/ Forschung

Call: Narratives of Society in Transition, Crisis and Change (Nelson Mandela University, South Africa)

Anthropology Southern Africa Annual Conference 2019

Department of Sociology, Anthropology and History

Dates: 26th – 28th September 2019

Narratives of Society in Transition, Crisis and Change

A ‘global society in crisis’ – significant climate change, unprecedented levels of violence and poverty as well as dictatorial and destructive political leadership – has received increased focus and scrutiny. Social scientists everywhere are concerned about the regression of political justice and equality, the increasing power and influence of major international companies, the devastation caused by the long term consequences of climate change and ocean pollution.

The term crisis suggests an acute state of discomfort and disjuncture. It creates an impression that the situation experienced will pass as long as appropriate measures and remedies are put in place. However, the global crisis experienced in the world today appears to have no end. Its longevity has been duly noted. According to David Graeber even the world’s current debt is some 5000 years in the making. How should anthropologists respond to the experience, knowledge, participation and observation of crisis? 

This conference seeks to harness the thoughts, theories and practices of researchers nationally and internationally to engage in debate, discussion, exhibition and/or performance on the central theme of crisis, culture and society in a time of global ‘change’.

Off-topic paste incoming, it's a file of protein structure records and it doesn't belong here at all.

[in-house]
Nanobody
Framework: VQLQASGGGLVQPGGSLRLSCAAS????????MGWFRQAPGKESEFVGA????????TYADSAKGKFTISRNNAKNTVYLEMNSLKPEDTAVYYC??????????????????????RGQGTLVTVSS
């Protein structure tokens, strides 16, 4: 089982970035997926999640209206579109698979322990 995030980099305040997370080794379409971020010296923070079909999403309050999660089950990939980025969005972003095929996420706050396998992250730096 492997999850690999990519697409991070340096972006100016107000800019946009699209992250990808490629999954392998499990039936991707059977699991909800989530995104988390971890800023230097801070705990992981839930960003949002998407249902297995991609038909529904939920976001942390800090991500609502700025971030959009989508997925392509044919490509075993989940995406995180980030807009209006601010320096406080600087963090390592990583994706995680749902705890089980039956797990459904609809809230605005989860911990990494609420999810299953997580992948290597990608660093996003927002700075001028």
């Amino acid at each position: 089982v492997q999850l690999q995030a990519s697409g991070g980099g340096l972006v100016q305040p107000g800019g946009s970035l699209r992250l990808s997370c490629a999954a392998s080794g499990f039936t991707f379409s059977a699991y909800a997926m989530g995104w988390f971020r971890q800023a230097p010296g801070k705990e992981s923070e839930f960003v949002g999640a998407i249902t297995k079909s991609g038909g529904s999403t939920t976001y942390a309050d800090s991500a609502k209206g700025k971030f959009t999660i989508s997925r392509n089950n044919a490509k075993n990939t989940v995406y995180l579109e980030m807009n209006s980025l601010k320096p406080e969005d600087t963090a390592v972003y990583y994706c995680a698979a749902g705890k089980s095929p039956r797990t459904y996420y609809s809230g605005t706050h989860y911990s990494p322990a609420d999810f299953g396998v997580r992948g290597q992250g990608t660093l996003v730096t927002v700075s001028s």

Please send individual paper abstracts and panel proposals to the organisers at Luvuyo.Kiti@mandela.ac.za by 30 May 2019. Panel proposals and individual paper abstracts should be no more than 300 words. For panel proposals, please include a list of prospective participants and their institutional affiliations if these have already been identified. 

Abstracts and proposals from anthropology and cognate disciplines that address social and cultural change from a theoretical and/or ethnographic perspective are welcome. In particular, papers which focus on the following themes:

  • Indigeneity, tradition and authenticity 
  • Indigenous knowledge and Indigenous methodologies 
  • Racial politics, human rights and social justice 
  • Indigene-ship, migration, citizenship and land rights, identity construction and negotiation 
  • African philosophy, worldviews, belief systems, rituals, festivals and ceremonies 
  • Media, aesthetics and material culture 
  • Power, governance, leadership, politics, corporate world, religious organisations and intuitions of higher learning 
  • Gender based  violence, sexuality and sexual Identities   
  • Alcohol and substance abuse 

Further information: